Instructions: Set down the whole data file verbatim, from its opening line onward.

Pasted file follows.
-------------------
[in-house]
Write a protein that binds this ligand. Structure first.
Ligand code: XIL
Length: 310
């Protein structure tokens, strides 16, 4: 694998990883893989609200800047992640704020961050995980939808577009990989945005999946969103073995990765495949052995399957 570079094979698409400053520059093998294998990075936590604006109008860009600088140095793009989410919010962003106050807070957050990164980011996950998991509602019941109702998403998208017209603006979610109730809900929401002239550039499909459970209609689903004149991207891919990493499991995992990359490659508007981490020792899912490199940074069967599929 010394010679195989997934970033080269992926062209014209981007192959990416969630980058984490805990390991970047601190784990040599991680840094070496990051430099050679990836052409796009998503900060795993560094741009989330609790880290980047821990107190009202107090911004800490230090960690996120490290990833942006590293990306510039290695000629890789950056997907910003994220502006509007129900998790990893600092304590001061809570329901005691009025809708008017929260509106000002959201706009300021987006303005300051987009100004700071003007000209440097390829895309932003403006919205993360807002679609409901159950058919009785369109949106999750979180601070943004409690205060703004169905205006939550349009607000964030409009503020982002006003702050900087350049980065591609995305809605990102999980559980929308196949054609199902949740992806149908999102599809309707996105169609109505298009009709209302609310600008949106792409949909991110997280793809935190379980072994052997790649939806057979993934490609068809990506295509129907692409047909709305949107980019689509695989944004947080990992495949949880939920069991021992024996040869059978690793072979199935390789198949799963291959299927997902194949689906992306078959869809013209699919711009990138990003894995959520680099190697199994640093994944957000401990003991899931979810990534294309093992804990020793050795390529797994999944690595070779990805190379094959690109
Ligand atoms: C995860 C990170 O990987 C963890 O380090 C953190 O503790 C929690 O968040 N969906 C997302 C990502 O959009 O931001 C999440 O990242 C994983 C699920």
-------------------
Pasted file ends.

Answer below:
[in-house]
Write a protein that binds this ligand. Structure first.
Ligand code: XIL
Length: 310
């Protein structure tokens, strides 16, 4: 694998990883893989609200800047992640704020961050995980939808577009990989945005999946969103073995990765495949052995399957 570079094979698409400053520059093998294998990075936590604006109008860009600088140095793009989410919010962003106050807070957050990164980011996950998991509602019941109702998403998208017209603006979610109730809900929401002239550039499909459970209609689903004149991207891919990493499991995992990359490659508007981490020792899912490199940074069967599929 010394010679195989997934970033080269992926062209014209981007192959990416969630980058984490805990390991970047601190784990040599991680840094070496990051430099050679990836052409796009998503900060795993560094741009989330609790880290980047821990107190009202107090911004800490230090960690996120490290990833942006590293990306510039290695000629890789950056997907910003994220502006509007129900998790990893600092304590001061809570329901005691009025809708008017929260509106000002959201706009300021987006303005300051987009100004700071003007000209440097390829895309932003403006919205993360807002679609409901159950058919009785369109949106999750979180601070943004409690205060703004169905205006939550349009607000964030409009503020982002006003702050900087350049980065591609995305809605990102999980559980929308196949054609199902949740992806149908999102599809309707996105169609109505298009009709209302609310600008949106792409949909991110997280793809935190379980072994052997790649939806057979993934490609068809990506295509129907692409047909709305949107980019689509695989944004947080990992495949949880939920069991021992024996040869059978690793072979199935390789198949799963291959299927997902194949689906992306078959869809013209699919711009990138990003894995959520680099190697199994640093994944957000401990003991899931979810990534294309093992804990020793050795390529797994999944690595070779990805190379094959690109
Ligand atoms: C995860 C990170 O990987 C963890 O380090 C953190 O503790 C929690 O968040 N969906 C997302 C990502 O959009 O931001 C999440 O990242 C994983 C699920």